Director Gus Van Sant made two films in 2003, and while I liked Gerry, a film in which Matt Damon and Casey Affleck got lost in a very realistic, slow-paced fashion in the desert, most critics threw their Pepsis at the screen. The reception was a little warmer for Elephant, a film inspired by the Columbine shootings. Van Sant filmed at a real Portland high school using unknown actors and mostly improvised dialogue. This results in a realistic mosaic of your typical high school day--until the first shots are fired. Van Sant has done a terrific editing job on Elephant, telling the story in non-chronological order, yet making it flow effortlessly. The performances, especially by Alex Frost as a student whose life is spared, are raw and powerful. The film doesn't strain to explain the actions of two boys who chose to cause so much pain and sorrow. It shows the devastating effect of their actions, without being so presumptuous as to guess why they performed them.
Special Features: While the short, behind-the-scenes look at the making of the film is intriguing, that's all for this disc, with the exception of a few trailers. No commentaries.
Fans of the Universal Studio monsters of yesteryear: Start planning some days off from work, because this is one gigantic collection. Something in the neighborhood of $60 not only gets you the original Dracula, Frankenstein and Wolfman movies, but many of their sequels as well--14 movies in all. While most of them are fun viewings, the first two Frankenstein films by director James Whale remain the superior efforts. It's actually hard to believe that Bela Lugosi's Dracula and the original Frankenstein were made in the same year (1931). While the filmed Dracula looks in many ways like a historical record of a decent stage play, Frankenstein is a remarkable piece of art, full of moving cameras and adventurous angles. Whale also demonstrated a macabre sense of humor and a willingness to go the distance with the scares (the little girl at the lake sequence is terrifying). Getting to see The Wolfman for the first time in something like 20 years was a big treat, and seeing his showdown with Frankenstein is a major bonus. It's fun to study how each monster franchise shared actors, especially the great Dwight Frye's insane performances as both the deranged Dracula disciple Renfield, and Frankenstein's hunchbacked assistant Fritz. At press time, I wasn't able to watch all of the films, but here are some grades for the ones I've seen. Dracula (1931): B; Frankenstein (1931): A; Bride of Frankenstein (1935): A+; Son of Frankenstein (1939): B-; The Wolfman (1941): B+; Frankenstein Meets the Wolfman (1943): B.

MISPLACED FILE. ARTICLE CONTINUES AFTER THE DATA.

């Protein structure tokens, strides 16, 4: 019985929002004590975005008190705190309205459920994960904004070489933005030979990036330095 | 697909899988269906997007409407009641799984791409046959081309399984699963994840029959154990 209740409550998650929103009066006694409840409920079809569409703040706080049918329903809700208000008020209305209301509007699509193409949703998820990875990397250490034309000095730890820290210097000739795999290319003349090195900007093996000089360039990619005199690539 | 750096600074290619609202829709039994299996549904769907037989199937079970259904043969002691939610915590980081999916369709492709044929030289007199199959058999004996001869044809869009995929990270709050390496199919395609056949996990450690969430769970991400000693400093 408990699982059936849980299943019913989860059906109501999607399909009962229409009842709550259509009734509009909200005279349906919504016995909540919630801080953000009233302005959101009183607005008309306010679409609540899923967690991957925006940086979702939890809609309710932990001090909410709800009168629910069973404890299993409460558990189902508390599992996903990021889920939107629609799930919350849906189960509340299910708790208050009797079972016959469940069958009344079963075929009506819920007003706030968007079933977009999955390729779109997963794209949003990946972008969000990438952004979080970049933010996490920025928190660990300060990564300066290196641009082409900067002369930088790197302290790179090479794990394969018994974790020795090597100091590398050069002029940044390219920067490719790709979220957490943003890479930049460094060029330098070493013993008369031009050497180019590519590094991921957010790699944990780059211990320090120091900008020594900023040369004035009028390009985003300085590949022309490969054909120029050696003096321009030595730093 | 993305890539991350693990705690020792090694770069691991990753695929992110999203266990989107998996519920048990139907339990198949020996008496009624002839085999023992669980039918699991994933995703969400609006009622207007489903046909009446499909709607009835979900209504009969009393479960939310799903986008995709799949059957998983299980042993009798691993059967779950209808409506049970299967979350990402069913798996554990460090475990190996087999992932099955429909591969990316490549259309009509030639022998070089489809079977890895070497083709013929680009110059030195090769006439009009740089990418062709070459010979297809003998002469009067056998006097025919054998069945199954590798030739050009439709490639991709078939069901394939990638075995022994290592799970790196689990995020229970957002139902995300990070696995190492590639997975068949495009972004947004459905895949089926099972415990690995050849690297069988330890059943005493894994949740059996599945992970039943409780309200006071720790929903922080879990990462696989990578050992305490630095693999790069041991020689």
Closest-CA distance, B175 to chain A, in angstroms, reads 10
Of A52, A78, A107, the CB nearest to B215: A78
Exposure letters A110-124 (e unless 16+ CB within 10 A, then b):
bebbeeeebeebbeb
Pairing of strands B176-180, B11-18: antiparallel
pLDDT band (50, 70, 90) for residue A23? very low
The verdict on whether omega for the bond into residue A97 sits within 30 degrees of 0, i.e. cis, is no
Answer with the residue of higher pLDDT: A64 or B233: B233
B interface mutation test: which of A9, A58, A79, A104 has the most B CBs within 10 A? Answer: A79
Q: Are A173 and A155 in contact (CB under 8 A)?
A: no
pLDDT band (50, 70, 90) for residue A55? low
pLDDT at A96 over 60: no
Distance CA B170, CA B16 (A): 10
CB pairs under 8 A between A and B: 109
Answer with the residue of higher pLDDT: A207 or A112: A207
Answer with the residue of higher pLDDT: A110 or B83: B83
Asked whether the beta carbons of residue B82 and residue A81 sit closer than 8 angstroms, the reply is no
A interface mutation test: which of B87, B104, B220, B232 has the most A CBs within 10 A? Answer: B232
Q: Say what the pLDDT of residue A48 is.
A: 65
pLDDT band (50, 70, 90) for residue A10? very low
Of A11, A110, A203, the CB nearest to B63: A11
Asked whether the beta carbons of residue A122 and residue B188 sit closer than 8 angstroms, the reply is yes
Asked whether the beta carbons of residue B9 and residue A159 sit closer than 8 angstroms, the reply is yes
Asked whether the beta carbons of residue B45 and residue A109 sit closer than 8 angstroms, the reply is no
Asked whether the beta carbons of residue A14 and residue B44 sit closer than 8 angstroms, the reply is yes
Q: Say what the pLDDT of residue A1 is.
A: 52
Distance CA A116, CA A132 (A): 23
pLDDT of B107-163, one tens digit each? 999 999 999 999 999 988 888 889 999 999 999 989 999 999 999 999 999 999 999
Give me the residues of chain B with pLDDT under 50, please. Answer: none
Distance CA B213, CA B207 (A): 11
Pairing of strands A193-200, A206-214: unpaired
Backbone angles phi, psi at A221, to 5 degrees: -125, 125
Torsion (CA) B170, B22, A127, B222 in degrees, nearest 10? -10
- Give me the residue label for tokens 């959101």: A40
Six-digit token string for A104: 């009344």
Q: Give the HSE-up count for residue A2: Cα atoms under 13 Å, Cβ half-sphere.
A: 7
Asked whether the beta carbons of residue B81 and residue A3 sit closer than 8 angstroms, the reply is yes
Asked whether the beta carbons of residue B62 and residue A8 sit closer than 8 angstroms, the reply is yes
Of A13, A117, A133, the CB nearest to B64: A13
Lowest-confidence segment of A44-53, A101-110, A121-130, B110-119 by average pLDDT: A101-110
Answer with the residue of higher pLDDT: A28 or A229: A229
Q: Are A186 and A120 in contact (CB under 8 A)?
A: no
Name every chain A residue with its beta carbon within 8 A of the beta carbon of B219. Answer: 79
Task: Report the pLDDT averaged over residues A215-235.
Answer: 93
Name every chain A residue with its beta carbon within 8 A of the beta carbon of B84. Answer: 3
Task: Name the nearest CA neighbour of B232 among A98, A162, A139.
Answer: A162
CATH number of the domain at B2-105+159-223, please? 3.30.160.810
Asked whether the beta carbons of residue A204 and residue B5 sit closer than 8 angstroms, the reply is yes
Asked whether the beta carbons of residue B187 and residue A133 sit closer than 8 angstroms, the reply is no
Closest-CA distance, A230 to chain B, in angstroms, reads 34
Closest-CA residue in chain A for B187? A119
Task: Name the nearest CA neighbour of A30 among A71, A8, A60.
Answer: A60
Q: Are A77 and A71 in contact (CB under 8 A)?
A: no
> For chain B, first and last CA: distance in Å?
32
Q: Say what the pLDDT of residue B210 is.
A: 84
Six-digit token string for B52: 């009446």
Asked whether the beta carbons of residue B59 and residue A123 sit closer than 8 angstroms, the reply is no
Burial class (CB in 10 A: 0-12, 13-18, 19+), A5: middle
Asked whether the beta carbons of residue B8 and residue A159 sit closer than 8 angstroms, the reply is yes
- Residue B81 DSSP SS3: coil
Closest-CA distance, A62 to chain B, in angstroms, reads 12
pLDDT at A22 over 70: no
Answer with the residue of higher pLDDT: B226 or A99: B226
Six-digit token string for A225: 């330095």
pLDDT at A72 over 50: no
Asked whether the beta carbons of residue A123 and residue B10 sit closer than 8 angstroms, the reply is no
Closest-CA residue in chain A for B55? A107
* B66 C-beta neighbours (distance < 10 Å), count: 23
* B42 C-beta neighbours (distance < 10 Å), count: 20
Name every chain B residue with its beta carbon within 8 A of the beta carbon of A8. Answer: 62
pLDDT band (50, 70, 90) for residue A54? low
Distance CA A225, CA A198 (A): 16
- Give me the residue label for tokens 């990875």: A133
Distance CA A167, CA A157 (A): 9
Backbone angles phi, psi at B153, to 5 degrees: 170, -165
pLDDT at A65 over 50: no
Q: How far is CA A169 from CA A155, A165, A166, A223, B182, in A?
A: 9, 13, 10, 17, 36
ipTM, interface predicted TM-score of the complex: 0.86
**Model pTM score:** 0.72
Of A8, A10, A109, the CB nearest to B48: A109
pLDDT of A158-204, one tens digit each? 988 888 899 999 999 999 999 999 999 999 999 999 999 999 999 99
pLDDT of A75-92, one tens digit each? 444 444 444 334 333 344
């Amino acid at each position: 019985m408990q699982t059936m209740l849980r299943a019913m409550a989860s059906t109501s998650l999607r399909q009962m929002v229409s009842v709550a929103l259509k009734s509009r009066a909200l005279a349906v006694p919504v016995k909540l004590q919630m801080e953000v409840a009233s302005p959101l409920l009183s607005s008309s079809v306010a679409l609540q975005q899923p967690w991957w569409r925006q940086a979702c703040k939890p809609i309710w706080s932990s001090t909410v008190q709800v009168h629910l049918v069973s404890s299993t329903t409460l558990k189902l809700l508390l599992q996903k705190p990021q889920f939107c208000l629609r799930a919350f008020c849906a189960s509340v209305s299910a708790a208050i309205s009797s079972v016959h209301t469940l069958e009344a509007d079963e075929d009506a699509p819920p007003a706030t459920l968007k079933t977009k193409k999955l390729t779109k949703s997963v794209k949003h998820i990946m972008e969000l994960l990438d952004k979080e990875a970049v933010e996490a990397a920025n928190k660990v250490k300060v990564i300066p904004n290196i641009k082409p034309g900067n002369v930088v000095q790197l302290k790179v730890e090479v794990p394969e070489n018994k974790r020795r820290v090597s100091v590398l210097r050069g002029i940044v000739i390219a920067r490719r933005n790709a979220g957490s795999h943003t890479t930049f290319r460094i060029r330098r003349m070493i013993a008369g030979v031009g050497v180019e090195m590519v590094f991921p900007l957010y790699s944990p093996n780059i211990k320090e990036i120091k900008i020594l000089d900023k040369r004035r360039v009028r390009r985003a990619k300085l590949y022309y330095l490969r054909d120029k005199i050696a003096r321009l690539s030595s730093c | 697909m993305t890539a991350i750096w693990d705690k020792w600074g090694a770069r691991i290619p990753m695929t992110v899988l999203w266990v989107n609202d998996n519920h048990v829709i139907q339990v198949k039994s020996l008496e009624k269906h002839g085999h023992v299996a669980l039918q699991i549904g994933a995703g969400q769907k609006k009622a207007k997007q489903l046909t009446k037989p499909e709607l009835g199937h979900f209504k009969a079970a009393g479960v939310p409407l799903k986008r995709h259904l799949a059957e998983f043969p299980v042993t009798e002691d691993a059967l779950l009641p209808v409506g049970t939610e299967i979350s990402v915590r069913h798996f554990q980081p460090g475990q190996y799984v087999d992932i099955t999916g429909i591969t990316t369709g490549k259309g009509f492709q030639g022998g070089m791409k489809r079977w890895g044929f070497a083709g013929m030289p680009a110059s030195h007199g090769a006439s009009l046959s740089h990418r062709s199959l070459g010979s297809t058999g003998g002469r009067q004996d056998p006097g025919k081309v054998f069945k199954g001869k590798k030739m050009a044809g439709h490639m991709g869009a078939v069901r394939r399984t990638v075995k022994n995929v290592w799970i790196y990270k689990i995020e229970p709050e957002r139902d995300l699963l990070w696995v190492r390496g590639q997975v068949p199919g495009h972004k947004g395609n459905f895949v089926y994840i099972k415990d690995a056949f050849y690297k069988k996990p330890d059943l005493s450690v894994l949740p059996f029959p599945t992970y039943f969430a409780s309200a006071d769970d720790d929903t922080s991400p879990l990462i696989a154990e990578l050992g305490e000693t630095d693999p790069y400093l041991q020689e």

Special Features: Dracula, Frankenstein and The Wolfman each get two-disc packages. They can be purchased separately, but getting the entire Legacy Collection saves some dough and gets you some pretty cool busts of the monsters' heads. Each monster gets plenty of documentaries and commentaries (The Dracula disc features a Spanish version of the film, and a version of the movie with a newly produced score by Phillip Glass). This is, without a doubt, one of the best current buys for DVD fans.
With this and the previous review as proof, now is an incredible time for box sets. For less than $50, you can get this five-disc, seven-movie set that includes some of the best efforts from the brothers Marx. When it comes to classic comedies, these guys were unmatched, and A Night at the Opera is one of their best. Groucho Marx is one of the great all-time wiseasses, and he's full tilt in this blistering treatment of high society. Opera, A Day at the Races and A Night in Casablanca get their own discs, with an additional two discs containing double features of Room Service and At the Circus, and Go West and The Big Store. Some of the other great Marx Brothers classics, such as Horse Feathers and Duck Soup, are available in single-disc DVDs from Image Entertainment, but they have not yet received treatment this grand. Movie Grades: A Night at the Opera (1935): A; A Day at the Races (1937): A-; Room Service (1938): B; At the Circus (1939): B+; Go West (1940): B; The Big Store (1941): B-; A Night in Casablanca (1946): B
Special Features: Warner Home Video is doing great with the vintage movies. Just as they did with their excellent The Treasure of the Sierra Madre offering, they stocked these discs with vintage shorts, cartoons and documentaries. Opera, Races and Casablanca get the lion's share of features, but the other films get respectful treatment as well. Leonard Maltin and "Marx Brothers Authority" Glenn Mitchell offer fun commentaries.